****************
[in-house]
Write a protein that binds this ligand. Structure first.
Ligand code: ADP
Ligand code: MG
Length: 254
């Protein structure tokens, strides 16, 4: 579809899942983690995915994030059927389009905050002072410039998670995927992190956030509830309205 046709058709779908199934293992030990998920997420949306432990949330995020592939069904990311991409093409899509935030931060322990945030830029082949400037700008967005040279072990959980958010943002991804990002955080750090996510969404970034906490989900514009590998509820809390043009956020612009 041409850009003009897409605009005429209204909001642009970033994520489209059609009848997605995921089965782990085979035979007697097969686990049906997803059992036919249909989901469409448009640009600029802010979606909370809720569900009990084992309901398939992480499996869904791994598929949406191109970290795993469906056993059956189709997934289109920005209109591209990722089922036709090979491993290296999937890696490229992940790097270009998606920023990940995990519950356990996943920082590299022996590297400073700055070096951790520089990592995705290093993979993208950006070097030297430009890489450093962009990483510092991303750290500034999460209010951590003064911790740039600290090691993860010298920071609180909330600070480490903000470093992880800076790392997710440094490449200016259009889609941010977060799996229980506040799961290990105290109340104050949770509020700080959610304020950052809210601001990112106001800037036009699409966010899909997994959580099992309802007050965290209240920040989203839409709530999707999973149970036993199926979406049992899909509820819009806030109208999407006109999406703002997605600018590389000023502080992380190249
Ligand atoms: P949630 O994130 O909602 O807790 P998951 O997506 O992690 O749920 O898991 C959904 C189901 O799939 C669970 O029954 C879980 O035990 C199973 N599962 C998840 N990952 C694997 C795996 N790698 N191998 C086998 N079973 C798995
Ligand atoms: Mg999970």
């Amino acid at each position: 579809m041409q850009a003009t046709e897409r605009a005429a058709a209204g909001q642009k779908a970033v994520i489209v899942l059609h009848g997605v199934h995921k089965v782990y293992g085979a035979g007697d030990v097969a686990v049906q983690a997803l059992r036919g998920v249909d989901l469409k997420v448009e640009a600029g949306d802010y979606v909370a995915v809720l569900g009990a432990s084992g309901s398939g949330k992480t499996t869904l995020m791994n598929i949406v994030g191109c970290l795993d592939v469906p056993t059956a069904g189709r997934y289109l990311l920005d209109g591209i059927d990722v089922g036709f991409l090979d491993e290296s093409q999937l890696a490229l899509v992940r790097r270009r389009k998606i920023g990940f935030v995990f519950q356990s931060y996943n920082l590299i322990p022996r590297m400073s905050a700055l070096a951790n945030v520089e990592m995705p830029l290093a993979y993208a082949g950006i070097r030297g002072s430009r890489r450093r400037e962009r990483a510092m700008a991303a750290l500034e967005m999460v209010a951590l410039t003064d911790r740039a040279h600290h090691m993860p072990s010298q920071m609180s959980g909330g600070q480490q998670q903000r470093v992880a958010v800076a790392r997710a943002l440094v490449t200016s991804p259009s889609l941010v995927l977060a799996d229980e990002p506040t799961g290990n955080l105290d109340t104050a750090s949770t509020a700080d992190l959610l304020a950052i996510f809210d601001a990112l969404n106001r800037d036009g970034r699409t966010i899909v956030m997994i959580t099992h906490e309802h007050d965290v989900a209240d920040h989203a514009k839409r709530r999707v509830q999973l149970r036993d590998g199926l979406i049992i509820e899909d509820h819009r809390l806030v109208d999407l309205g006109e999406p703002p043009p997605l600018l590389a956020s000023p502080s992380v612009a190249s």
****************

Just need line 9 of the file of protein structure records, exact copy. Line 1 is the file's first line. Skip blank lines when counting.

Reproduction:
């Amino acid at each position: 579809m041409q850009a003009t046709e897409r605009a005429a058709a209204g909001q642009k779908a970033v994520i489209v899942l059609h009848g997605v199934h995921k089965v782990y293992g085979a035979g007697d030990v097969a686990v049906q983690a997803l059992r036919g998920v249909d989901l469409k997420v448009e640009a600029g949306d802010y979606v909370a995915v809720l569900g009990a432990s084992g309901s398939g949330k992480t499996t869904l995020m791994n598929i949406v994030g191109c970290l795993d592939v469906p056993t059956a069904g189709r997934y289109l990311l920005d209109g591209i059927d990722v089922g036709f991409l090979d491993e290296s093409q999937l890696a490229l899509v992940r790097r270009r389009k998606i920023g990940f935030v995990f519950q356990s931060y996943n920082l590299i322990p022996r590297m400073s905050a700055l070096a951790n945030v520089e990592m995705p830029l290093a993979y993208a082949g950006i070097r030297g002072s430009r890489r450093r400037e962009r990483a510092m700008a991303a750290l500034e967005m999460v209010a951590l410039t003064d911790r740039a040279h600290h090691m993860p072990s010298q920071m609180s959980g909330g600070q480490q998670q903000r470093v992880a958010v800076a790392r997710a943002l440094v490449t200016s991804p259009s889609l941010v995927l977060a799996d229980e990002p506040t799961g290990n955080l105290d109340t104050a750090s949770t509020a700080d992190l959610l304020a950052i996510f809210d601001a990112l969404n106001r800037d036009g970034r699409t966010i899909v956030m997994i959580t099992h906490e309802h007050d965290v989900a209240d920040h989203a514009k839409r709530r999707v509830q999973l149970r036993d590998g199926l979406i049992i509820e899909d509820h819009r809390l806030v109208d999407l309205g006109e999406p703002p043009p997605l600018l590389a956020s000023p502080s992380v612009a190249s």